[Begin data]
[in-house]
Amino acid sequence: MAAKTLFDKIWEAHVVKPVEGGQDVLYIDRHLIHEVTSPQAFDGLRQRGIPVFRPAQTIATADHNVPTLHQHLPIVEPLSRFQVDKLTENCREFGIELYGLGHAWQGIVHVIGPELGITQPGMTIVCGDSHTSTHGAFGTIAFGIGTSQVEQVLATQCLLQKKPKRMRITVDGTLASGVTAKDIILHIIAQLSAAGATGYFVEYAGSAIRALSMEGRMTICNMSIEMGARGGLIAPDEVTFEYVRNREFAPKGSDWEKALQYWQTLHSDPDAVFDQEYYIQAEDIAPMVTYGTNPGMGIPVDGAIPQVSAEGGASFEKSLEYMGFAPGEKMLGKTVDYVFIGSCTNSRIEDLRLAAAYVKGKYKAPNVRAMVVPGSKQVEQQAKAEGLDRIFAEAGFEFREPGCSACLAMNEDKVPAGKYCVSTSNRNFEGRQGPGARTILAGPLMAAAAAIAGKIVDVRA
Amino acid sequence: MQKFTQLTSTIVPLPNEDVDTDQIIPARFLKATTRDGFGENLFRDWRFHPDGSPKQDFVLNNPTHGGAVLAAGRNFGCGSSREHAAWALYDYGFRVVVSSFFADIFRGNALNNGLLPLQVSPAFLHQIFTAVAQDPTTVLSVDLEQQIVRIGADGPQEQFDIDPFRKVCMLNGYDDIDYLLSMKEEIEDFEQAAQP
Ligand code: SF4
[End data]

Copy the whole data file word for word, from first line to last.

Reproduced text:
[in-house]
Amino acid sequence: MAAKTLFDKIWEAHVVKPVEGGQDVLYIDRHLIHEVTSPQAFDGLRQRGIPVFRPAQTIATADHNVPTLHQHLPIVEPLSRFQVDKLTENCREFGIELYGLGHAWQGIVHVIGPELGITQPGMTIVCGDSHTSTHGAFGTIAFGIGTSQVEQVLATQCLLQKKPKRMRITVDGTLASGVTAKDIILHIIAQLSAAGATGYFVEYAGSAIRALSMEGRMTICNMSIEMGARGGLIAPDEVTFEYVRNREFAPKGSDWEKALQYWQTLHSDPDAVFDQEYYIQAEDIAPMVTYGTNPGMGIPVDGAIPQVSAEGGASFEKSLEYMGFAPGEKMLGKTVDYVFIGSCTNSRIEDLRLAAAYVKGKYKAPNVRAMVVPGSKQVEQQAKAEGLDRIFAEAGFEFREPGCSACLAMNEDKVPAGKYCVSTSNRNFEGRQGPGARTILAGPLMAAAAAIAGKIVDVRA
Amino acid sequence: MQKFTQLTSTIVPLPNEDVDTDQIIPARFLKATTRDGFGENLFRDWRFHPDGSPKQDFVLNNPTHGGAVLAAGRNFGCGSSREHAAWALYDYGFRVVVSSFFADIFRGNALNNGLLPLQVSPAFLHQIFTAVAQDPTTVLSVDLEQQIVRIGADGPQEQFDIDPFRKVCMLNGYDDIDYLLSMKEEIEDFEQAAQP
Ligand code: SF4